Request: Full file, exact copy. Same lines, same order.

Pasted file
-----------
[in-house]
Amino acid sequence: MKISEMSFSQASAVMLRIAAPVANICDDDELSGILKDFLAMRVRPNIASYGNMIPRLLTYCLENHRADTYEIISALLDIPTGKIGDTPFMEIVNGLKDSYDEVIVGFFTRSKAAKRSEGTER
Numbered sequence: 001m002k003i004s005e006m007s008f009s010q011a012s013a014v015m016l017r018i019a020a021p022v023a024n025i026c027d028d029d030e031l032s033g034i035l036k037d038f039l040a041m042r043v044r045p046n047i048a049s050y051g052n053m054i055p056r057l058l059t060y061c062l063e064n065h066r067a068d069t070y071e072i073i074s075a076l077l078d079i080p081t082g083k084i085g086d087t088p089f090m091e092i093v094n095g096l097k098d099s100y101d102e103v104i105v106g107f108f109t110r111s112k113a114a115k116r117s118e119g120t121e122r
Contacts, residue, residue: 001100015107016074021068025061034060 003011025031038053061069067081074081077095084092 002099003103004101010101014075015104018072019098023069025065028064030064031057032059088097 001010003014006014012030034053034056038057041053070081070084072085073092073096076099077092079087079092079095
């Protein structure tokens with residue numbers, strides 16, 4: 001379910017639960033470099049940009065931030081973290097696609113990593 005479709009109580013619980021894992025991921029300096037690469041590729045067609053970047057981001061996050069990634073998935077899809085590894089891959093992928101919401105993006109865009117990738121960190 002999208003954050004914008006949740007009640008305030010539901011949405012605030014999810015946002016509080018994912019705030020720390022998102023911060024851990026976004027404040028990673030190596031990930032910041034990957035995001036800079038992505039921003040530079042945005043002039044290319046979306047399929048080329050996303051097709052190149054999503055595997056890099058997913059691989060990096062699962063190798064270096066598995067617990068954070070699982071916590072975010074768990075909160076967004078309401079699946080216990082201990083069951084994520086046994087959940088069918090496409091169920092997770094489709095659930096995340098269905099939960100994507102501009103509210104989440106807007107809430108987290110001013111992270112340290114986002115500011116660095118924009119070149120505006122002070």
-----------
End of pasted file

[in-house]
Amino acid sequence: MKISEMSFSQASAVMLRIAAPVANICDDDELSGILKDFLAMRVRPNIASYGNMIPRLLTYCLENHRADTYEIISALLDIPTGKIGDTPFMEIVNGLKDSYDEVIVGFFTRSKAAKRSEGTER
Numbered sequence: 001m002k003i004s005e006m007s008f009s010q011a012s013a014v015m016l017r018i019a020a021p022v023a024n025i026c027d028d029d030e031l032s033g034i035l036k037d038f039l040a041m042r043v044r045p046n047i048a049s050y051g052n053m054i055p056r057l058l059t060y061c062l063e064n065h066r067a068d069t070y071e072i073i074s075a076l077l078d079i080p081t082g083k084i085g086d087t088p089f090m091e092i093v094n095g096l097k098d099s100y101d102e103v104i105v106g107f108f109t110r111s112k113a114a115k116r117s118e119g120t121e122r
Contacts, residue, residue: 001100015107016074021068025061034060 003011025031038053061069067081074081077095084092 002099003103004101010101014075015104018072019098023069025065028064030064031057032059088097 001010003014006014012030034053034056038057041053070081070084072085073092073096076099077092079087079092079095
């Protein structure tokens with residue numbers, strides 16, 4: 001379910017639960033470099049940009065931030081973290097696609113990593 005479709009109580013619980021894992025991921029300096037690469041590729045067609053970047057981001061996050069990634073998935077899809085590894089891959093992928101919401105993006109865009117990738121960190 002999208003954050004914008006949740007009640008305030010539901011949405012605030014999810015946002016509080018994912019705030020720390022998102023911060024851990026976004027404040028990673030190596031990930032910041034990957035995001036800079038992505039921003040530079042945005043002039044290319046979306047399929048080329050996303051097709052190149054999503055595997056890099058997913059691989060990096062699962063190798064270096066598995067617990068954070070699982071916590072975010074768990075909160076967004078309401079699946080216990082201990083069951084994520086046994087959940088069918090496409091169920092997770094489709095659930096995340098269905099939960100994507102501009103509210104989440106807007107809430108987290110001013111992270112340290114986002115500011116660095118924009119070149120505006122002070």